Part 1: Hard Work and Responsibility

It’s no secret that today’s teens and college students have a reputation for being lazy, distracted (by electronic devices), and lacking in motivation. “Entitlement” in a concept that is foreign to scripture, but raising hard workers takes hard work on our part! I first discovered this as a mom when my first child was 3 or 4. Two year old’s generally like to help. By age 3, that helpfulness starts to wane, and by age 5 they have most certainly discovered “selective exhaustion,” an acute bout of lethargy that causes energetic children jumping on trampolines to become lumps on the floor when clean up time is announced.

And really, who doesn’t feel that way about work sometimes? But when we have character that is pleasing to God, we do what’s necessary, what’s responsible, and what benefits others, regardless of what we feel like doing instead.

I really believe that a firm resolve in the area of responsibility and work separates the immature from the mature. The boys from the men. I want my boys to grow up to be men who take care of their work before relaxing, who honor their employers on earth but more importantly their Father in heaven, and who take the initiative to go above and beyond the minimum requirements.

Here’s a visual aid that we came up with to help the boys understand the difference between the lazy and the diligent.

The lazy boy is a SLOTH:

Building Character for Boys: Hard Work and Responsibility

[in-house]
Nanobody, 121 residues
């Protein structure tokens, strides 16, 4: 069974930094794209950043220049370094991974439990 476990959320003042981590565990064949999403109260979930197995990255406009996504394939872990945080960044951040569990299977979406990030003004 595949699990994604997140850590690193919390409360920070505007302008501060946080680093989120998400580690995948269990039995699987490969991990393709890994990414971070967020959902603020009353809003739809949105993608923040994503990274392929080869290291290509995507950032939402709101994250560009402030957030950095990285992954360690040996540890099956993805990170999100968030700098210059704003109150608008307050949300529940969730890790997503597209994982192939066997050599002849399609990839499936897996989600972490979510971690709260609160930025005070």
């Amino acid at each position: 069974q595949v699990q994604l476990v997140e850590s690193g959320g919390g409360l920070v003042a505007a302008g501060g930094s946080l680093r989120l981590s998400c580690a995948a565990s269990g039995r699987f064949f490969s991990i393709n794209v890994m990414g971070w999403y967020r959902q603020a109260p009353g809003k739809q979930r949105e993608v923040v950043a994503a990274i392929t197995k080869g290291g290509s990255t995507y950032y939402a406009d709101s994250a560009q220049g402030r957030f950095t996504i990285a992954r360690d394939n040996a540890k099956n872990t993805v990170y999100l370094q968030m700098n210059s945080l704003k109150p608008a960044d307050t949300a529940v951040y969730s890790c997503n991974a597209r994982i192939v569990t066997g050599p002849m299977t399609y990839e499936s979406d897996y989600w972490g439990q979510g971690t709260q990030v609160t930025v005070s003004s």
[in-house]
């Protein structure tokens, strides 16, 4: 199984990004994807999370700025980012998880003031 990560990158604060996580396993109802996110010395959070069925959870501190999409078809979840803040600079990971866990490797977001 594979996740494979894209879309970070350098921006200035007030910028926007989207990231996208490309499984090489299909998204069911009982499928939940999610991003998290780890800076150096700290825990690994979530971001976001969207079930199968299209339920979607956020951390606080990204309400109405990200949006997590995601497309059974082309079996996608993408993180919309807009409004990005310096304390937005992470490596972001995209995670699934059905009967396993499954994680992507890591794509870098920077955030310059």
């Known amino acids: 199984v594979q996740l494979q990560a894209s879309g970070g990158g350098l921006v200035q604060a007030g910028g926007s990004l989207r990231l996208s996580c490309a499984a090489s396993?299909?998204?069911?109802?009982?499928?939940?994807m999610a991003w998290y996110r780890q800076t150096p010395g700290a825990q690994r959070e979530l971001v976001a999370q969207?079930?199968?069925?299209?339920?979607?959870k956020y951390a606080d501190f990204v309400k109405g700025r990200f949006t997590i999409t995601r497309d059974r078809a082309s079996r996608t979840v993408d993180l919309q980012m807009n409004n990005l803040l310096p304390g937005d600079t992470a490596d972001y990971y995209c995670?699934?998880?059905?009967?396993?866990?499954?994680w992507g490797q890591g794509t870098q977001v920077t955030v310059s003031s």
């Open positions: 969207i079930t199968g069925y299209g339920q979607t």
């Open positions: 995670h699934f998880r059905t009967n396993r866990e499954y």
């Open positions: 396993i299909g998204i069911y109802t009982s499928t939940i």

S – Speeds through work (which means that it is likely not done well)

L – Leaves work for others to finish

O – Only wants to do what is fun

T – Takes too long (dawdling)

H – Half done is good enough

The opposite of the sloth is someone who works with DRIVE:

Building Character for Boys: Hard Work and Responsibility

D – Works with diligence (persistence)

R – Works with responsibility (completeness)

I – Works with integrity (thinking of others, doing what you say you’ll do)

V – Works with vigor (enthusiasm and strength)

E – Works with efficiency (getting it done quickly, yet well; working before playing)

We are by no means perfect at teaching our boys to work hard, and honestly, it’s up to each individual child to respond to the wisdom of God’s word and his parents’ instruction. However, here are a few practical tips that have helped us so far.

  • Set your standards high, but keep your approach positive. Kids can do a lot. My husband has diligently “inspected” our oldest son’s bathroom cleaning efforts for over a year now, providing instruction where needed, and I am proud to say that he can now get a bathroom really clean!